Last year I suggested to my 89 year old mom, Grace Elaine Stuckey Brinker, that we take a trip together.
  • Day17

    On Wisconsin

    April 27 in the United States ⋅ ❄️ 34 °F

    Well. We made it. We're now back in Wisconsin. Twelve days and 2500 miles round trip with an almost 90 and almost 60 year old. Almost all of the driving was on small backroads. Our dashboard totem served us well as we passed through state after state in Trump's heartland (seems like a bit of an oxymoron using 'Trump' and 'heart' in the same sentence).

    Our first stop on entering Wisconsin was St Glarus. A small town settled by Swiss farmers which still holds some of the remnants of its founders. Life sized models of cows adorn the place, cheese shops abound, and restaurants serve fondue, raclette, and rosti.

    I fly out in a couple of days, but tonight we're expecting a late April blizzard (is that actually a thing?) bringing between 7 and 10 inches of wet snow. But it all fits with the Wisconsin state motto:

    'Should have been here last week, it was a sunny 70 degrees and nothing was biting!'
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  • Day15

    Kent Redux and More Gravestones

    April 25 in the United States ⋅ ☁️ 50 °F

    This morning we begin our trek back to LaCrosse. We spent the past few days visiting friends and relatives. We were able to spend an afternoon with Ray and Doris Aeschliman. It seems wherever we go we run into people who know Grace or who remember my dad. Just wandering around downtown we'll be stopped to chat by old friends. What a life they'd built here together.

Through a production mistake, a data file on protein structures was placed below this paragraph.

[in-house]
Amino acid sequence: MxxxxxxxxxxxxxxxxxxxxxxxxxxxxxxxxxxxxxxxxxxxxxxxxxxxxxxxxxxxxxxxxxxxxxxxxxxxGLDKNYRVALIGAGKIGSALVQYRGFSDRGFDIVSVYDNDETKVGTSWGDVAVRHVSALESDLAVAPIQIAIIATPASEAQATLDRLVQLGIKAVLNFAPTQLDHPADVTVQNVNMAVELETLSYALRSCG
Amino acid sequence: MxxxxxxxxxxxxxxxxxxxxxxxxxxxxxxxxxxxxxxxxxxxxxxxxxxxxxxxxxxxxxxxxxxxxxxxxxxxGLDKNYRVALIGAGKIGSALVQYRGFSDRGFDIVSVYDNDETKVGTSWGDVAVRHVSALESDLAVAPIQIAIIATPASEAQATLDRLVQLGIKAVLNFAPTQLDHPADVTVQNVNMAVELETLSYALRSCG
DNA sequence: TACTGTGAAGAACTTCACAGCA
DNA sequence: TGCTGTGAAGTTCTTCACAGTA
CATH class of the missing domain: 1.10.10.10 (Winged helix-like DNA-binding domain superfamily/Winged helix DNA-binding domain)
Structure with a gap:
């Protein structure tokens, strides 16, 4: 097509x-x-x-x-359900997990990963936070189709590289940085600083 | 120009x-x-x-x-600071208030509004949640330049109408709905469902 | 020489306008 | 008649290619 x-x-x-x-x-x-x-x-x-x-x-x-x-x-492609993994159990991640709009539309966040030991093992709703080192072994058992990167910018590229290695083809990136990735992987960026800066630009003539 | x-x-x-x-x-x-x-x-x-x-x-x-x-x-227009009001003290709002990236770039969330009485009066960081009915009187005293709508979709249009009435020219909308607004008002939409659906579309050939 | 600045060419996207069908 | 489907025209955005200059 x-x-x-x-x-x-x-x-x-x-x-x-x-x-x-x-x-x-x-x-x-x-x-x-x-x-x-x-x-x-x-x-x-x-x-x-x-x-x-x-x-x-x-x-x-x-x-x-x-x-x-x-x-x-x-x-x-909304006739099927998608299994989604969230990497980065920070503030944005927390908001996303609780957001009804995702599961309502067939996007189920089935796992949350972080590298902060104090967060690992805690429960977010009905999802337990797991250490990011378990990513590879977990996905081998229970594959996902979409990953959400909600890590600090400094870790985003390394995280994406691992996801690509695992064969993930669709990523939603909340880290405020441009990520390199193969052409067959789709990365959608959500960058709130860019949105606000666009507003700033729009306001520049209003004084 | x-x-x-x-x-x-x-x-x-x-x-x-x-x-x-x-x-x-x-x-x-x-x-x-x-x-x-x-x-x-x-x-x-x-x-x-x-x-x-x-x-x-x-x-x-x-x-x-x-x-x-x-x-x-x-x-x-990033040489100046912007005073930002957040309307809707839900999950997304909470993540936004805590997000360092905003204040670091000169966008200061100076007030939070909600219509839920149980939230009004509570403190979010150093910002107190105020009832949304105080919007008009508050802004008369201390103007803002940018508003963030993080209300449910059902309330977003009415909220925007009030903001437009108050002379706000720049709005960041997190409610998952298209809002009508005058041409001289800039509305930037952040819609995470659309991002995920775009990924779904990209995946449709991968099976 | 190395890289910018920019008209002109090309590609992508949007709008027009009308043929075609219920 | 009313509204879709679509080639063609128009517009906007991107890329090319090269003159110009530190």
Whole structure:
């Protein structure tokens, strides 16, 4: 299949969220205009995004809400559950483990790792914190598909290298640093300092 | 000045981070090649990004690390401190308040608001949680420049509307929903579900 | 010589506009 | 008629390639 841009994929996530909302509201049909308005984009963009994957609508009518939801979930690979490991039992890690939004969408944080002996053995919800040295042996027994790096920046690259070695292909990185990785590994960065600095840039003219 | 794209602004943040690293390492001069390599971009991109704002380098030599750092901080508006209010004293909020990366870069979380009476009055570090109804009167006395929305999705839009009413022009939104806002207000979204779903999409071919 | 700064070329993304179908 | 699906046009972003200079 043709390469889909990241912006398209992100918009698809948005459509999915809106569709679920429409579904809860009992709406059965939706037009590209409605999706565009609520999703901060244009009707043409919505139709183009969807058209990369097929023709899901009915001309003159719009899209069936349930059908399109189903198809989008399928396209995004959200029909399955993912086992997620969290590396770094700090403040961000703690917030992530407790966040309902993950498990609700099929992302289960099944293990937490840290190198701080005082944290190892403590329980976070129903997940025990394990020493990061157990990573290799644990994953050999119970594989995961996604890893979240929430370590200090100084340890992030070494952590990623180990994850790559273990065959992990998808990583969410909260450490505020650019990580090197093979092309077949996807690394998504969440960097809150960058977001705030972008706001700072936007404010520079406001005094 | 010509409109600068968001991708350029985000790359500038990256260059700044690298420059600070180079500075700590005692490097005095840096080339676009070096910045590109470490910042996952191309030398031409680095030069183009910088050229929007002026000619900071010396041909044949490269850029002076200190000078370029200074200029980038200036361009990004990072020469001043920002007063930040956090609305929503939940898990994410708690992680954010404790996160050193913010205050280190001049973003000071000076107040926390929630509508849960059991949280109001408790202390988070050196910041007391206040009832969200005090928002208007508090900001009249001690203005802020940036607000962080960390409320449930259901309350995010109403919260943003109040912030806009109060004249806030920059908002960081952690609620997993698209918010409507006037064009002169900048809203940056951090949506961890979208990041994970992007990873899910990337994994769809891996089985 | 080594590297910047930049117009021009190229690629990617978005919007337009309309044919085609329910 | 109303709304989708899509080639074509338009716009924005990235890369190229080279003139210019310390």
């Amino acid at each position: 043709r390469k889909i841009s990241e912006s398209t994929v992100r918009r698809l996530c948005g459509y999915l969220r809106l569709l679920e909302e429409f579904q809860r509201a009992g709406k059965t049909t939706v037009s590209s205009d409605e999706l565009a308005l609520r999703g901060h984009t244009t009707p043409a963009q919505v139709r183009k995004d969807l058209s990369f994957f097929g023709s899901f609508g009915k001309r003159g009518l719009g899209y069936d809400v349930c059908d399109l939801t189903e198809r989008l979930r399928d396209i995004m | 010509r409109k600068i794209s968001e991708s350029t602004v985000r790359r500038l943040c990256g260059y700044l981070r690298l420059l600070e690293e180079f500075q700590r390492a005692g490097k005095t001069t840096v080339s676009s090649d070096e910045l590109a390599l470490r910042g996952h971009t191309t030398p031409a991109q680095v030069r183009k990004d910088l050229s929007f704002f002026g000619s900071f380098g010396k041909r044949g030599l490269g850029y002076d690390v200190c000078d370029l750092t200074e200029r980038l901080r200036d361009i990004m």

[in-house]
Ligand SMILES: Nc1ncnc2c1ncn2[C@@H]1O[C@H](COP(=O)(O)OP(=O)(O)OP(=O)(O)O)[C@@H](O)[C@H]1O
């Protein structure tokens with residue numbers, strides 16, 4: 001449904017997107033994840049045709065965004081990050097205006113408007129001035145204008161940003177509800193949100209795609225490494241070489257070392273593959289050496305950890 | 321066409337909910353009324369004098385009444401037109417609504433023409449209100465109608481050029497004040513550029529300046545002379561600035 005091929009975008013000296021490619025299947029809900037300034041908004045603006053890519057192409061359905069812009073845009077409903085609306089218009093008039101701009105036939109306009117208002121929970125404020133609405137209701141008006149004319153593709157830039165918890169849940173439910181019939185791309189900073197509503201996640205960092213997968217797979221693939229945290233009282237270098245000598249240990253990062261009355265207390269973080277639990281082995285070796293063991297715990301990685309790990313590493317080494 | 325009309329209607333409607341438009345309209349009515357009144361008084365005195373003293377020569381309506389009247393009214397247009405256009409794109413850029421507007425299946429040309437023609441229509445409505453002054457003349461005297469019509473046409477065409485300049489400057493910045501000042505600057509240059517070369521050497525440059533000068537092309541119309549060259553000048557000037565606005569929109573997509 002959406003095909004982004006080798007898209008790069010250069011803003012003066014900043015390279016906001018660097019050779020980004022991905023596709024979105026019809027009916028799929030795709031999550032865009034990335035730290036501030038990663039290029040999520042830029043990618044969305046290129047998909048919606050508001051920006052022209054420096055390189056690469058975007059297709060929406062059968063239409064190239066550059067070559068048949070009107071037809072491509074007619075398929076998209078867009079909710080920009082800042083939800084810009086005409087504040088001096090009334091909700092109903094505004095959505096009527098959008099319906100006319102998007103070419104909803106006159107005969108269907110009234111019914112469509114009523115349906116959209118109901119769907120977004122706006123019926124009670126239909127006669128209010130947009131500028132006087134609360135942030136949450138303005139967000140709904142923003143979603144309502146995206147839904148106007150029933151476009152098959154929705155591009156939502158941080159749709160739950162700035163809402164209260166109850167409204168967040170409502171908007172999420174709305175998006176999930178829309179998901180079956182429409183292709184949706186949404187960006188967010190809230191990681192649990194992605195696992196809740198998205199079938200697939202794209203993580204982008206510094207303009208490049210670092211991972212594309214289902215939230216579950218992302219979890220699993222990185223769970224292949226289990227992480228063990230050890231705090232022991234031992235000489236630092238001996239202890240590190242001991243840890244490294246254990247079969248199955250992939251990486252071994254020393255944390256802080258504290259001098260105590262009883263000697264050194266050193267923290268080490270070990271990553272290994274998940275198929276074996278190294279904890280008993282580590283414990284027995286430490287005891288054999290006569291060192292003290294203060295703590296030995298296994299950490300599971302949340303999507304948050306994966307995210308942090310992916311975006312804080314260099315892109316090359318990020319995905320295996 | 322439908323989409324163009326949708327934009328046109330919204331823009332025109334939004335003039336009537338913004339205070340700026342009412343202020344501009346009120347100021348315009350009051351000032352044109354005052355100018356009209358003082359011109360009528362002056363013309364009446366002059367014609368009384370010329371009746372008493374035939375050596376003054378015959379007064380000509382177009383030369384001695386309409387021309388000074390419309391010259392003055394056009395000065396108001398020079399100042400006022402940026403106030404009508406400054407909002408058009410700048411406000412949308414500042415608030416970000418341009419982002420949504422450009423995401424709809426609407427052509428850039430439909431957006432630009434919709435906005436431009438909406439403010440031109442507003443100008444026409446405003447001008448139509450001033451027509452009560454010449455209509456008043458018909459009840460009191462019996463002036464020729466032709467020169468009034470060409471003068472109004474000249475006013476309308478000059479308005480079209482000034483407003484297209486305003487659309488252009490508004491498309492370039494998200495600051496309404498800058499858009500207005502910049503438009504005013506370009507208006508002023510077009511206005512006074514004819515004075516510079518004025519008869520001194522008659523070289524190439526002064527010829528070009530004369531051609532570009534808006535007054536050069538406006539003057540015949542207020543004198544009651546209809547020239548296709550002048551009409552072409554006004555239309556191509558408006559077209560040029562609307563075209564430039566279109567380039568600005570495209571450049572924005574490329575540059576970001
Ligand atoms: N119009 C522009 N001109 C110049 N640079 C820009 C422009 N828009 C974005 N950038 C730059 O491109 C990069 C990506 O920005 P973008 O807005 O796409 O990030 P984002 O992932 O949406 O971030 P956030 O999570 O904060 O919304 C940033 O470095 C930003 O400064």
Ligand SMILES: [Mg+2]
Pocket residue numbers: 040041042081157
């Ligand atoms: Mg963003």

We were also able to explore Kent a bit more. Lots if changes there. The town/gown connection is stronger in both spirit and physical planning. A new campus/ city gateway is inviting from all sides. We particularly enjoyed the Wick Poetry Center and garden connected to Kent State University. At the center of the garden us a large bronze sculpture and small amphitheater for doing readings. The sculpture is connected to a watering system and in the summer there are 9 plants hosting a garden in its crooks and crannies. The newly built KSU Center for Architecture and Environmental Design building is quite an impressive structure too.

    On our return drive from Pittsburgh to Kent we stopped by another cemetery in Alliance, Ohio. The Brinker memorials are arranged in a semicircle around a central monument. My great great grandfather August Brinker is interred there. He died at the age of 54 during the great influenza outbreak of 1919. The Brinkers were reportedly seed merchants who shared the business with another family, the VanWarmers. The families also intermarried and shared the central stone, VanWarmer on one side and Brinker on the other. Nit sure about the child sized stone for William Brinker who was born and died in February 1900. He may have been an older brother to my grandfather William G Brinker, or perhaps a cousin.

    Last evening we dined with friends and family at a Lebanese restaurant in Hudson Ohio. Uncle Al and his partner Ginger, Cousin Dave and his wife Jill, and friends Dick Leppo and Kay Hensel. Lots of laughs and good company.